In resource-exporting countries, the performance of domestic subsidiaries and subsidiaries owned by other sub-Saharan African firms has deteriorated compared to subsidiaries owned by foreign firms outside of the region (Figure 1.2.3). As governments have reacted with different sets of policies to the decline in commodity prices, the impact on the operation of these cross-border firms has varied as well. Angola and Nigeria have imposed exchange rate restrictions due to external pressures on the currency, hurting businesses that are operating locally because the controlled allocation of foreign exchange disrupts production. Although subsidiaries owned by firms headquartered outside of Nigeria are likely to have easier access to foreign currency compared to their Nigerian-owned counterparts, the deteriorating condition and decreased demand of the host country has a negative effect on the performance of the local subsidiary and thus poses an increased risk for the parent company.

On the other hand, for Nigerian firms that own subsidiaries in other sub-Saharan African countries that are still experiencing robust growth—such as many of the nonresource-intensive countries in the East African Community (Kenya, Tanzania, and Rwanda)—these cross-border investments, helped by strong internal demand, could act as buffers to offset some of the profit losses at home.

Figure 1.2.2.Sub-Saharan Africa: Performance of Subsidiaries

Sources: Orbis, and IMF staff estimates.

Note: SSA = sub-Saharan Africa.

Figure 1.2.3.Sub-Saharan African Resource Exporters: Performance of Subsidiaries

Sources: Orbis, and IMF staff estimates.

Note: SSA = sub-Saharan Africa.

This box was prepared by Wenjie Chen.

Box 1.3.Fostering Private Investment in Sub-Saharan Africa

Sub-Saharan Africa’s private investment-to-GDP ratio led emerging and developing countries in the 1990s, but fell behind over the following two decades (Figure 1.3.1). While Asia saw its ratio increase from 17 percent of GDP in the 1990s to 24 in 2011–16, and while the ratio increased more modestly in other regions, the ratio in sub-Saharan Africa decreased from 20 percent to 17 percent, at a time when public sector investment has been scaled up to address infrastructure gaps. These trends raise the question as to whether public investment may be crowding-out private investment in sub-Saharan Africa.

Following Servén (2003) and Cavallo and Daude (2011), the ratio of private investment in terms of GDP is modeled as a function of its own lagged values (given the series’ high persistence), the lagged ratio of public investment to GDP, the relative price of investment with respect to consumption goods (to capture distortions in the economy), exchange rate volatility (as an indicator of macroeconomic stability), and credit to the private sector in percent of GDP (to capture available funding) for a sample of developing and emerging economies.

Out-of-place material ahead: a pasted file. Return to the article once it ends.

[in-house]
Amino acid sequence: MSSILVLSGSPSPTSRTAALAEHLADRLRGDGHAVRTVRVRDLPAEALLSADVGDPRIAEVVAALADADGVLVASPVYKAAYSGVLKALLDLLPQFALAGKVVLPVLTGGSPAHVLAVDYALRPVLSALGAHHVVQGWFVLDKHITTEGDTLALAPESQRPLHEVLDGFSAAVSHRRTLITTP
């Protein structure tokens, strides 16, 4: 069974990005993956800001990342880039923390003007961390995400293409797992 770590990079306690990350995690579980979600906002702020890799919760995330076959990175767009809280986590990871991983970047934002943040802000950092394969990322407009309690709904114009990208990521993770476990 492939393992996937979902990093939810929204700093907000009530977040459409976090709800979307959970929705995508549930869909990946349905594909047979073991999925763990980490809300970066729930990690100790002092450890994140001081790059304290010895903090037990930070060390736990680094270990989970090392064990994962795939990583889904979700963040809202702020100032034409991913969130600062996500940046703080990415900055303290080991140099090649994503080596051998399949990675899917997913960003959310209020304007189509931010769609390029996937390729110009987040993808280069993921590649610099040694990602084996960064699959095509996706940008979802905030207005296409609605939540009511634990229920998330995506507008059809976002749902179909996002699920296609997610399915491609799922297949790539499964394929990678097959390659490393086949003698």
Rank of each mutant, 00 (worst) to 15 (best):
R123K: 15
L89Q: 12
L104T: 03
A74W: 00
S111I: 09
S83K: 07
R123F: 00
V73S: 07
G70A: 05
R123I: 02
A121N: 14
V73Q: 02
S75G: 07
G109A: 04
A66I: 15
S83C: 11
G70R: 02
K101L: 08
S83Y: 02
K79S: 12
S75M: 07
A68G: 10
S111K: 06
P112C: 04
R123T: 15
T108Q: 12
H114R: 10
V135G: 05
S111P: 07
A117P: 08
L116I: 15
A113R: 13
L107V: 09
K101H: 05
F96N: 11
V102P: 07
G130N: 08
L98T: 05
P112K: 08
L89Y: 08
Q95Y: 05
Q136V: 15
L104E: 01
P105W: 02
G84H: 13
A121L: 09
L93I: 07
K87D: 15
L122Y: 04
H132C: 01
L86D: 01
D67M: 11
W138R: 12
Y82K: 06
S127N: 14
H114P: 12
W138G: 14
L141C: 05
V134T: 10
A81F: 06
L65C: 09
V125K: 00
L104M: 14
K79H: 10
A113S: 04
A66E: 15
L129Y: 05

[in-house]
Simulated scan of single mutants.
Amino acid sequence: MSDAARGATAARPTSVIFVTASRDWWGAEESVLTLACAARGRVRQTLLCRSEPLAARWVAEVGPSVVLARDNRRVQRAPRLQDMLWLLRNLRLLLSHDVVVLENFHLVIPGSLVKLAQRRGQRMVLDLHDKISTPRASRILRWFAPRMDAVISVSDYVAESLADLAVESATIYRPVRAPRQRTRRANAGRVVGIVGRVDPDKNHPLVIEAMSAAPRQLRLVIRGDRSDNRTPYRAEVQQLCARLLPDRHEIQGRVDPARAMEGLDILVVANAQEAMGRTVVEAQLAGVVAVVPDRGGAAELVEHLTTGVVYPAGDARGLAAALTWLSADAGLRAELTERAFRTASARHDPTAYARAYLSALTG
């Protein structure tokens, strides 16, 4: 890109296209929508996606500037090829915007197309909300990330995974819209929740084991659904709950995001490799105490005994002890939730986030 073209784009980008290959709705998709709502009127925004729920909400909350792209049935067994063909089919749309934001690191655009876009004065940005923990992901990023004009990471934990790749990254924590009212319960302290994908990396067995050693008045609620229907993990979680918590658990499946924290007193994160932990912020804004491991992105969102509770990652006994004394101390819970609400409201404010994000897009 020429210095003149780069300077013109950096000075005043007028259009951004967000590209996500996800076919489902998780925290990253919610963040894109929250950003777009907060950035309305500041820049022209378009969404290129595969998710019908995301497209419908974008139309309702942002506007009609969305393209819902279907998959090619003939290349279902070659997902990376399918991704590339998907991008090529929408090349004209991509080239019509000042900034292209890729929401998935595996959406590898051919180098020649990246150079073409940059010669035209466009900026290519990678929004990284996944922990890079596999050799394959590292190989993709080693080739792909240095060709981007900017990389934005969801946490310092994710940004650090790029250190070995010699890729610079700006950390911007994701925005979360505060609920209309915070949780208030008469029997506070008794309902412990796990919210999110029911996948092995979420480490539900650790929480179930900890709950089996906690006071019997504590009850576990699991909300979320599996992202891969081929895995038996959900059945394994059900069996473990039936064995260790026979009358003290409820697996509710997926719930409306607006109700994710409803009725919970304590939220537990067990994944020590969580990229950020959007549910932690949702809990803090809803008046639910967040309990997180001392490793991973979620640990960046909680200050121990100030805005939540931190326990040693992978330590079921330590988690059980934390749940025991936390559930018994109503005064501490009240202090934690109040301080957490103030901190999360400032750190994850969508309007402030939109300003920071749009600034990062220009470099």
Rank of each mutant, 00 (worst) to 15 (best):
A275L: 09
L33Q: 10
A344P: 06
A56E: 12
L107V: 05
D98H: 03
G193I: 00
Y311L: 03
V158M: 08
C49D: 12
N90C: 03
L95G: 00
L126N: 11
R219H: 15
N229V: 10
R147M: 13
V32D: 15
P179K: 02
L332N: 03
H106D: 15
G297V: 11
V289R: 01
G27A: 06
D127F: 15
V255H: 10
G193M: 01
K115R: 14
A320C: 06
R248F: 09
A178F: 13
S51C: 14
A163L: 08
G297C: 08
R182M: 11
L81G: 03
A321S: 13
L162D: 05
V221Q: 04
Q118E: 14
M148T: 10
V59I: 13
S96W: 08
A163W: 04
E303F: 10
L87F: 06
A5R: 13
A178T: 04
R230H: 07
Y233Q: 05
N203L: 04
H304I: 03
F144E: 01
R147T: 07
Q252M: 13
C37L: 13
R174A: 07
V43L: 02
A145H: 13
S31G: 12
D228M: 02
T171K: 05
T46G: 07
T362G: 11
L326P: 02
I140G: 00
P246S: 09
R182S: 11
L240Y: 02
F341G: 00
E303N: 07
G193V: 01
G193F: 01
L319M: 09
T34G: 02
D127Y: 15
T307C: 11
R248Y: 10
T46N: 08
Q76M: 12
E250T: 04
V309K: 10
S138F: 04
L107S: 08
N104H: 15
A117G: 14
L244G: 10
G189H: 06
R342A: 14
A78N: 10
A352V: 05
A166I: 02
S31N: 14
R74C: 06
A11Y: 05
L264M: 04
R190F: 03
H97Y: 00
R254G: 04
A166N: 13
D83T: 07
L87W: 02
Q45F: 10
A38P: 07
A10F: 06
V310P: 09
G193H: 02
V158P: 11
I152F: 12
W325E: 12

Results for a sample of developing and emerging economies confirm that private investment ratios are associated negatively with public investment—providing evidence for crowding out— but positively with higher levels of credit to the private sector (Table 1.3.1, column 1).1 A similar exercise, restricting the sample to sub-Saharan African economies only, yields comparable results.

However, the crowding-out effect of public investment on private investment can be mitigated when more resources are available to finance government expenditures—a hypothesis tested by estimating the interaction effect of public investment with revenue mobilization and trade openness. The results indeed highlight that increased revenue mobilization and more integration with the rest of the world, as proxied by trade openness, can lessen the crowding out of private investment (Table 1.3.1, columns 1 and 2). An increase in the ratio of government revenue to GDP from the 25th to 75th percentile in the sample reduces the estimated crowding-out effect of public investment by 0.3 percentage points, as it lowers the need for government borrowing in the domestic market. Similarly, the crowding-out effect is reduced by 0.1 percentage points when the country increases its access to the external pool of financial resources and has better opportunities to trade.

Figure 1.3.1.Emerging and Developing Economies: Private Investment

Source: IMF, World Economic Outlook database.

Table 1.3.1.Emerging and Developing Economies: Private Investment
(1)(2)
Real private investment in percent of0.658***0.747***
GDP (t −1)(6.888)(9.705)
Real public investment in percent of−0.664**−0.486***
GDP (t −1)(−2.531)(−2.790)
Relative price of investment, Log of−0.638−0.051
(−1.133)(−0.099)
Credit to private sector, percent of0.873**0.321
GDP, Log of(2.355)(1.400)
Real exchange rate volatility, Log of0.1650.168
(0.994)(0.757)
Government stability, ICRG0.0480.270
(0.287)(1.453)
General government revenue, percent of GDP−0.095
(−1.420)
(Public investment × government revenue)0.017**
(2.370)
Trade openness, in percent of GDP0.023
(1.268)
(Public investment x trade openess)0.003*
(1.674)
Constant−11.9335.093
(−0.447)(0.449)
Observations1,0831,178
Number of countries6262
Adjusted R squared0.4770.866
Hansen0.8960.997
Instruments7880
Source: Author’s calculationsNote: Time fixed effects included. Z-statistics in parentheses. *** p<0.01, ** p<0.05, * p<0.1; ICRG = International Country Risk Guide.
This box was prepared by Francisco Arizala, Jesus Gonzalez-Garcia, and Jiayi Zhang.1 The generalized method of moment system addresses potential endogeneity concerns.

Box 1.4.Strengthening Social Safety Nets

Strengthening social safety nets and fiscal consolidation are not mutually exclusive goals, but spending on social safety nets should, at a minimum, mitigate the social costs of the consolidation. Removing regressive expenditures and improving the efficiency of progressive programs can provide fiscal space to expand targeted social safety net programs providing opportunities to a larger share of the population of poor households.